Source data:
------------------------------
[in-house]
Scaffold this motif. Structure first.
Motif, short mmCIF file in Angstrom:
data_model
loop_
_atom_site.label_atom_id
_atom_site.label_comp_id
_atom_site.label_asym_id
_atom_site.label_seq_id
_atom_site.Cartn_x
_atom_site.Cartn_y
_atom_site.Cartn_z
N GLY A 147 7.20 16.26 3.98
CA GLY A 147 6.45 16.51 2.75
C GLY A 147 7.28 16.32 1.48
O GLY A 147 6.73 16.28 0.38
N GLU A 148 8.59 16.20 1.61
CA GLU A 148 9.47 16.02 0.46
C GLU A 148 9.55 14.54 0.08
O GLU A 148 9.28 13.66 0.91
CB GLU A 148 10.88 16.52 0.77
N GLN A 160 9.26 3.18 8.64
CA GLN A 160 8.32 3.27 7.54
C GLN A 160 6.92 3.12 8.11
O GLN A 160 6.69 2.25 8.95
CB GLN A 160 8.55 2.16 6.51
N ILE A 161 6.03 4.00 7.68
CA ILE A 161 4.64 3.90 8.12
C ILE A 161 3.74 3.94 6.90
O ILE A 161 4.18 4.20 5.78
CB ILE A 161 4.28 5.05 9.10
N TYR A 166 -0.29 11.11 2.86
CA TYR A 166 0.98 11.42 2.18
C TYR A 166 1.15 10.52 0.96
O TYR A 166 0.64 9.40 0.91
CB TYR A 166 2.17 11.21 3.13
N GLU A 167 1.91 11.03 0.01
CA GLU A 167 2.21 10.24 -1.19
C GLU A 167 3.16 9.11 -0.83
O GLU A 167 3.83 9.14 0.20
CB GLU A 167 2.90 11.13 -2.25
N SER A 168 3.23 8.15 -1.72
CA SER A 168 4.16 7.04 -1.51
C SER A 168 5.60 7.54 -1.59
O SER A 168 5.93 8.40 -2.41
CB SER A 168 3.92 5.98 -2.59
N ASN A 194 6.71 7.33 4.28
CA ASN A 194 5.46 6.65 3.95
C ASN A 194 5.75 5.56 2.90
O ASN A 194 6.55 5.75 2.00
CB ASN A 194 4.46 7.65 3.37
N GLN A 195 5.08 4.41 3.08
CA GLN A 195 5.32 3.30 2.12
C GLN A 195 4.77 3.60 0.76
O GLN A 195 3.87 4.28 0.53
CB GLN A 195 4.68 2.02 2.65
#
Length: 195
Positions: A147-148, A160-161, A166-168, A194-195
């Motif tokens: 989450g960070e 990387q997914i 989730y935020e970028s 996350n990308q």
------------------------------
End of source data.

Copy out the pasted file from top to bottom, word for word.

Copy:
[in-house]
Scaffold this motif. Structure first.
Motif, short mmCIF file in Angstrom:
data_model
loop_
_atom_site.label_atom_id
_atom_site.label_comp_id
_atom_site.label_asym_id
_atom_site.label_seq_id
_atom_site.Cartn_x
_atom_site.Cartn_y
_atom_site.Cartn_z
N GLY A 147 7.20 16.26 3.98
CA GLY A 147 6.45 16.51 2.75
C GLY A 147 7.28 16.32 1.48
O GLY A 147 6.73 16.28 0.38
N GLU A 148 8.59 16.20 1.61
CA GLU A 148 9.47 16.02 0.46
C GLU A 148 9.55 14.54 0.08
O GLU A 148 9.28 13.66 0.91
CB GLU A 148 10.88 16.52 0.77
N GLN A 160 9.26 3.18 8.64
CA GLN A 160 8.32 3.27 7.54
C GLN A 160 6.92 3.12 8.11
O GLN A 160 6.69 2.25 8.95
CB GLN A 160 8.55 2.16 6.51
N ILE A 161 6.03 4.00 7.68
CA ILE A 161 4.64 3.90 8.12
C ILE A 161 3.74 3.94 6.90
O ILE A 161 4.18 4.20 5.78
CB ILE A 161 4.28 5.05 9.10
N TYR A 166 -0.29 11.11 2.86
CA TYR A 166 0.98 11.42 2.18
C TYR A 166 1.15 10.52 0.96
O TYR A 166 0.64 9.40 0.91
CB TYR A 166 2.17 11.21 3.13
N GLU A 167 1.91 11.03 0.01
CA GLU A 167 2.21 10.24 -1.19
C GLU A 167 3.16 9.11 -0.83
O GLU A 167 3.83 9.14 0.20
CB GLU A 167 2.90 11.13 -2.25
N SER A 168 3.23 8.15 -1.72
CA SER A 168 4.16 7.04 -1.51
C SER A 168 5.60 7.54 -1.59
O SER A 168 5.93 8.40 -2.41
CB SER A 168 3.92 5.98 -2.59
N ASN A 194 6.71 7.33 4.28
CA ASN A 194 5.46 6.65 3.95
C ASN A 194 5.75 5.56 2.90
O ASN A 194 6.55 5.75 2.00
CB ASN A 194 4.46 7.65 3.37
N GLN A 195 5.08 4.41 3.08
CA GLN A 195 5.32 3.30 2.12
C GLN A 195 4.77 3.60 0.76
O GLN A 195 3.87 4.28 0.53
CB GLN A 195 4.68 2.02 2.65
#
Length: 195
Positions: A147-148, A160-161, A166-168, A194-195
């Motif tokens: 989450g960070e 990387q997914i 989730y935020e970028s 996350n990308q």